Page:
A still image from video purportedly shows Syrian security forces dragging the body of an anti-government protester along a street in Deraa, Friday, (Reuters).
Violence in Banias, home to one of Syria's two oil refineries, erupted on Sunday when irregulars from the ruling Alawite minority, known as "shabbiha", fired at residents with automatic rifles from speeding cars, following pro-democracy protests in the mostly Sunni Mediterranean city.
At least three people were killed, a human rights activist in the city told Reuters. The authorities said an armed group had ambushed a patrol near Banias, killing nine soldiers. Another rights activist said roads to the town were blocked.
"We tried to get to Banias from the main exit off the coastal highway, but secret police had blocked the road and were turning cars back. Side roads were also blocked," he said.
Facing an unprecedented challenge to his authoritarian rule, Assad has said the protests are part of a foreign conspiracy to sow sectarian strife.
His father, the late President Hafez al-Assad, used similar language when he crushed leftist and Islamist challenges to his rule in the 1980s, killing thousands.
Civic leaders and opposition figures reject the allegation and issued a declaration last month denouncing sectarianism, committing to non-violent democratic change and stating that Syria's people "as a whole are under repression".
The ruling family -- Bashar's brother Maher is the second most powerful person in Syria -- belong to the Alawite minority, an offshoot of Shi'ite Islam, which comprises around 10 percent of the country's 20 million population.
"The Alawites, like other minorities living under tyrannical systems, fear the unknown if the regime falls. But this does not mean that they support the violence it is committing," an Alawite human rights lawyer said.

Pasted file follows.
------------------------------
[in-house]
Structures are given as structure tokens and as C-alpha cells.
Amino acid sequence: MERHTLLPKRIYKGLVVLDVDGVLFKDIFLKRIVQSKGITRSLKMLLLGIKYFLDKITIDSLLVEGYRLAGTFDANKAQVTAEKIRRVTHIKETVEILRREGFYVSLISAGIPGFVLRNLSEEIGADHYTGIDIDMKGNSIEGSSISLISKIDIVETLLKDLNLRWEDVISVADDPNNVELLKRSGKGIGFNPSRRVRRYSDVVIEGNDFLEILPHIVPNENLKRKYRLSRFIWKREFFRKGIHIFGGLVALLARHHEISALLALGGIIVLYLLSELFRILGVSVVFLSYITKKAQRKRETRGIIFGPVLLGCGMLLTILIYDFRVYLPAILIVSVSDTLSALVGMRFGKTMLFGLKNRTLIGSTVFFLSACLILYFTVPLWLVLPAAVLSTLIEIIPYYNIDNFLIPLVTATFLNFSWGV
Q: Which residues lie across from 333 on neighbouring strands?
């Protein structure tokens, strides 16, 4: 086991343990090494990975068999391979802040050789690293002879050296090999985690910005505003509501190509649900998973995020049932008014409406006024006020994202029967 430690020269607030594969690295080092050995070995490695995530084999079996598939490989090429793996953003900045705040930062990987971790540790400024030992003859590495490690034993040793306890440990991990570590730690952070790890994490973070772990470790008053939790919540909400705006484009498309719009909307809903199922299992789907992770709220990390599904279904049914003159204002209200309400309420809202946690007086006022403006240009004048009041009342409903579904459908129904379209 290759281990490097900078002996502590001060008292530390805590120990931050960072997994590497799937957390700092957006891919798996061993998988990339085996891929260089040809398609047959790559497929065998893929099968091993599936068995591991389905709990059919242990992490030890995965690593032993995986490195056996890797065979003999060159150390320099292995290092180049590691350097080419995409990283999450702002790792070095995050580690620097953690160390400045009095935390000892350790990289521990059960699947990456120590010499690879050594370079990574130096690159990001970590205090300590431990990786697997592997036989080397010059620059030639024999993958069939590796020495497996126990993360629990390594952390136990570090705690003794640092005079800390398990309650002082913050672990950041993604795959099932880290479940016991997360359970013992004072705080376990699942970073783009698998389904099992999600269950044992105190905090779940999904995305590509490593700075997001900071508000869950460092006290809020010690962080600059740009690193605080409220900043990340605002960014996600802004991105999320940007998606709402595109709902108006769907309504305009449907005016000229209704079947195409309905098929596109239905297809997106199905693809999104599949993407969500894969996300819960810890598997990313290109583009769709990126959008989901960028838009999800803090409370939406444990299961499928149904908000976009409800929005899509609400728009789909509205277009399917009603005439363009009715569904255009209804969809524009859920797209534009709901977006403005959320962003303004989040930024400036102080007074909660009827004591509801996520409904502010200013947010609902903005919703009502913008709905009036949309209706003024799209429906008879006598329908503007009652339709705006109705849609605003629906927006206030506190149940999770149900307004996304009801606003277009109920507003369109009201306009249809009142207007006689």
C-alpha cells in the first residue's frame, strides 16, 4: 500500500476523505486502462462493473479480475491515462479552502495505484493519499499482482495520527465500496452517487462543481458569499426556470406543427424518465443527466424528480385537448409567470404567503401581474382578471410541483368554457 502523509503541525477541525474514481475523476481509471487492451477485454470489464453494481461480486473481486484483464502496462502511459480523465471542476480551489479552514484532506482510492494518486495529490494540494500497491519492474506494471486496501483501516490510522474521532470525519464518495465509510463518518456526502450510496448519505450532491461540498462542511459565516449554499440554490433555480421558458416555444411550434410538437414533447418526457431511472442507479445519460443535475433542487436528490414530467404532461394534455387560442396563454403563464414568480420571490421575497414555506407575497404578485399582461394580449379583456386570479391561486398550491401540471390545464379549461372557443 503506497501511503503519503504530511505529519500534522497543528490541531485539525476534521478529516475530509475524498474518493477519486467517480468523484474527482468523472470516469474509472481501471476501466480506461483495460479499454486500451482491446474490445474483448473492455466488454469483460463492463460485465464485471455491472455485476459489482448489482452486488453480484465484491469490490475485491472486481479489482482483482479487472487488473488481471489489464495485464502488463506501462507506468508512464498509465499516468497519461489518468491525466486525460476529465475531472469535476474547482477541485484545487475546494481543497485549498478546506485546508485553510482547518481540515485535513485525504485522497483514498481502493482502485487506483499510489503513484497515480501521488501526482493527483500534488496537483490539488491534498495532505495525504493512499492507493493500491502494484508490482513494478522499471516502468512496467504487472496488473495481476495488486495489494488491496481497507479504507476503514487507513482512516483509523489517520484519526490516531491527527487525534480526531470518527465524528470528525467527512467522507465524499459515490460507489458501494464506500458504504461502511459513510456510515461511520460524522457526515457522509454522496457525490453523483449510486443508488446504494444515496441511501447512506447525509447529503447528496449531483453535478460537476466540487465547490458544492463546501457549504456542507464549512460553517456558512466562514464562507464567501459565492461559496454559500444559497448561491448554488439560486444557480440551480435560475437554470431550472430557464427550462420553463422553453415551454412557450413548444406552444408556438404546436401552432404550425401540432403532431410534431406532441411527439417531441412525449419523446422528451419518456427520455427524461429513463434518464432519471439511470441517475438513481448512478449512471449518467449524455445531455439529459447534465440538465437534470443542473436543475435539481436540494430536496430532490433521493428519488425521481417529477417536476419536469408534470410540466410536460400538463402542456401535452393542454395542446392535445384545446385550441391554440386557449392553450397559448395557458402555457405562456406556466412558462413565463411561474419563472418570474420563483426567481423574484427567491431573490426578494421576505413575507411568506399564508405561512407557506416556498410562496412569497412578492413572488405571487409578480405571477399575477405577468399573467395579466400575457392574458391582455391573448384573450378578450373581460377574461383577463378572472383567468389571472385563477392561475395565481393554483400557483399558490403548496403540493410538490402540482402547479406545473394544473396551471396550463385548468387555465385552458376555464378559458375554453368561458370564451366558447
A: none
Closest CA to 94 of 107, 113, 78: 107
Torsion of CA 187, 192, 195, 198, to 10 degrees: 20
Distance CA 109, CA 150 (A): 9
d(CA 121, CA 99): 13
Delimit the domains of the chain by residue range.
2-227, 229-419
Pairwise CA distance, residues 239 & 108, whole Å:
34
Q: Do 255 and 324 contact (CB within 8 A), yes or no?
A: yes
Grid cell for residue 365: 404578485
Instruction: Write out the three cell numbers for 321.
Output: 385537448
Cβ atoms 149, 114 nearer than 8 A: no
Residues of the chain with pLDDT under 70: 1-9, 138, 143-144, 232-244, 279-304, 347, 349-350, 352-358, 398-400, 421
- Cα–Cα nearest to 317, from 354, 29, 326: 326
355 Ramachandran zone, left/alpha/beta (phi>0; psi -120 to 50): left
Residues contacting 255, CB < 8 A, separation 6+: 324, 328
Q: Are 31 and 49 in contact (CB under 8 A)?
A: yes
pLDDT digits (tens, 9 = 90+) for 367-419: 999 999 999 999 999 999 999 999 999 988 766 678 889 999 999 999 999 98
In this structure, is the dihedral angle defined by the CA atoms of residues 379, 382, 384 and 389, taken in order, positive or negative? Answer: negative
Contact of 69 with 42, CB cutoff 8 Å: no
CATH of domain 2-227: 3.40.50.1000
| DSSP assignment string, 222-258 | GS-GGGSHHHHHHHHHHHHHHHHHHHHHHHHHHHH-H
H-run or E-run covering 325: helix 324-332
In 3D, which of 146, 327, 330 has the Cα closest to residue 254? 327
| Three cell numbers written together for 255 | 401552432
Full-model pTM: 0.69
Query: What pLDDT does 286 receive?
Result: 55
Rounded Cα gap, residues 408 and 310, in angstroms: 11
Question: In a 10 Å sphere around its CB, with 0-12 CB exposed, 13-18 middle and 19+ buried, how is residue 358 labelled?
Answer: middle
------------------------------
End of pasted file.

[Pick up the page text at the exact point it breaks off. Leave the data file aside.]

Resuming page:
The protests have spread across Syria despite Assad's attempts to defuse resentment by making gestures towards demands for an end to an emergency law in force for five decades and to appease minority Kurds and conservative Sunni Muslims.
With popular dissent now in its fourth week, security forces fanned out in tanks on Saturday night near the Banias oil refinery -- one of two in Syria -- near the Alawite district of Qusour, where its main hospital is located.
Gunfire could be heard across the city on Sunday. A human rights activist in Banias told Reuters at least three civilians died when the shabbiha came from mountains overlooking Banias.
"Banias's residents know they were thugs under orders and that sectarian strife would spell destruction for everybody," he said, pointing out that Alawites, along with Sunnis, have participated in pro-democracy protests in Banias.
"The streets have emptied following the killings. People are afraid. The shabbiha fired at random and you can see bullet holes on buildings," he added.
At least 90 people in Syria have been killed in mass demonstrations, which first erupted in March to demand the release of school children who scrawled pro-democracy graffiti on school walls in the southern city of Deraa, and later progressed to calling for freedoms and an end to Assad's rule.
Any political change in Syria would have wider repercussions because the ruling Assad family maintains an anti-Israel alliance with Iran and supports the militant Hezbollah and Hamas movements while also seeking a peace deal with the Jewish state.
The West has condemned Syria's use of violence but diplomats say it is unlikely that Syria will face the kind of intervention seen in Libya, unless killings reach the scale of the 1980s.
Then, mostly Alawite forces loyal to the elder Assad attacked the city of Hama to crush an uprising led by the Muslim Brotherhood. Up to 30,000 people were killed.
"I am afraid that the security forces in Syria are much more tied to the regime than in Libya. The Syrian protesters are oblivious to the distinct possibility that the ruling elite may not hesitate to kill thousands to hold onto power," one of the diplomats said.
The authorities have intensified a crackdown on independent media since the protests began, expelling Reuters Damascus correspondent and detaining four other Reuters journalists for several days. Two Associated Press journalists were also expelled at less than an hour's notice, the agency said.
Syria has blamed the unprecedented unrest on "armed groups" firing randomly at citizens and security forces and state television is the only media allowed into the flashpoints.
A doctor and a university professor in Banias said a group was guarding the Sunni Abu Bakr al-Siddiq mosque with sticks during morning prayers when it came under attack by the shabbiha in their cars.
"Four people were hit in the feet and legs. The fifth sustained the most serious injury, an AK-47 bullet that went through his left chest lateral," said the doctor.
The attack followed a demonstration of some 2,000 people in Banias on Friday when protesters shouted "the people want the overthrow of the regime" -- the rallying cry of the Egyptian and Tunisian revolutions that have inspired growing protests across Syria against decades of Alawite domination.